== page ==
Actin wrote: Wed Jun 23, 2021 1:04 pm The past is irrelevant. We now live in a global economy. Every single US company in the S&P does business internationally. The inverse isn't completely true though.
I view it as less of US vs other, but as a sector bet.
- VTI is 31% Tech, 15% Consumer Discretionary, 15% Financial, 13% Healthcare, and 10% Industrial.
- VXUS is 22% Financials, 17% Tech, 13% Industrial, 11% Consumer Discretionary, 9% Basic Materials

Also, here's the breakdown of the biggest companies in the world across various business lines:
- 7 of the 10 biggest heavy equipment manufacturers
- 6 of the 10 biggest power tool manufacturers
- All of the 10 biggest mining companies
- 6 of the 10 biggest banks
- 8 of the 10 biggest carmakers
- 6 of the 10 biggest pharmaceutical companies
etc, etc, etc
All ex-US
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Re: Good Reason to Hold Bonds and International Stocks - 1990's Japan

Post by happyisland »

TropikThunder wrote: Wed Jun 23, 2021 2:11 pm
Actin wrote: Wed Jun 23, 2021 1:04 pm The past is irrelevant. We now live in a global economy. Every single US company in the S&P does business internationally. The inverse isn't completely true though.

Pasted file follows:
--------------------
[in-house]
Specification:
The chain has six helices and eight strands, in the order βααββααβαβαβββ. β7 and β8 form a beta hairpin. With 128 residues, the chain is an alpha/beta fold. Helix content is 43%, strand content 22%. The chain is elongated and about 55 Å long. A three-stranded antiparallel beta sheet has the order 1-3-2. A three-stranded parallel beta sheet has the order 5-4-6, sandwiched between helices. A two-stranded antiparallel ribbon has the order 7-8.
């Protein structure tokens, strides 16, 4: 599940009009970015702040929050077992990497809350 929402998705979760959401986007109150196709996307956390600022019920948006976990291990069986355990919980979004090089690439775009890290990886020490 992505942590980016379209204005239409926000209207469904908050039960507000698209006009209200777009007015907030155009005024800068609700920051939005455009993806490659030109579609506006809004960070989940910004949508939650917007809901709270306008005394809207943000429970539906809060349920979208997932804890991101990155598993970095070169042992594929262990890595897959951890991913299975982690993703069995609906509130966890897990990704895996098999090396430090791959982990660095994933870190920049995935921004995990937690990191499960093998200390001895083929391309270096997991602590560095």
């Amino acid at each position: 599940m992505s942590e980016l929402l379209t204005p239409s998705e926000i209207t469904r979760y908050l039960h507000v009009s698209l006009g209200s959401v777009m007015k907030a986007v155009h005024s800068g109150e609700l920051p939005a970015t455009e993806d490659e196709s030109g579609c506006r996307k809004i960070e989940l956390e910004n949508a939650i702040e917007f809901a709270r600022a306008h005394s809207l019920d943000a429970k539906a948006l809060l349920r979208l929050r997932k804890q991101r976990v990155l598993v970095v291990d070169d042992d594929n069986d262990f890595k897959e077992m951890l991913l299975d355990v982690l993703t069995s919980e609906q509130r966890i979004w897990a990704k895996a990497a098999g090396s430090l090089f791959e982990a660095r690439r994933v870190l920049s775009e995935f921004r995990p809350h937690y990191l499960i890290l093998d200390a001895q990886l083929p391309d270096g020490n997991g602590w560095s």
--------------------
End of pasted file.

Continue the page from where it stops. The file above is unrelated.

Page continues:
I view it as less of US vs other, but as a sector bet.
- VTI is 31% Tech, 15% Consumer Discretionary, 15% Financial, 13% Healthcare, and 10% Industrial.
- VXUS is 22% Financials, 17% Tech, 13% Industrial, 11% Consumer Discretionary, 9% Basic Materials

Also, here's the breakdown of the biggest companies in the world across various business lines:
- 7 of the 10 biggest heavy equipment manufacturers
- 6 of the 10 biggest power tool manufacturers
- All of the 10 biggest mining companies
- 6 of the 10 biggest banks
- 8 of the 10 biggest carmakers
- 6 of the 10 biggest pharmaceutical companies
etc, etc, etc
All ex-US
I truly don't understand why everyone wouldn't want to have these companies in their portfolios.
Gaston
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Re: Good Reason to Hold Bonds and International Stocks - 1990's Japan

Post by Gaston »

anon_investor wrote: Wed Jun 23, 2021 5:39 am People should study Japanese culture and history to understand why 1989 happened.
For those who don’t want to get out the textbooks, can you enlighten us?
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Eric
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Re: Good Reason to Hold Bonds and International Stocks - 1990's Japan

Post by Eric »

BHawks87 wrote: Wed Jun 23, 2021 1:00 amTo read the below chart, look at 1990 (or any other date) on the left and that is your start date. Each block to the right is a year of returns. Red = Bad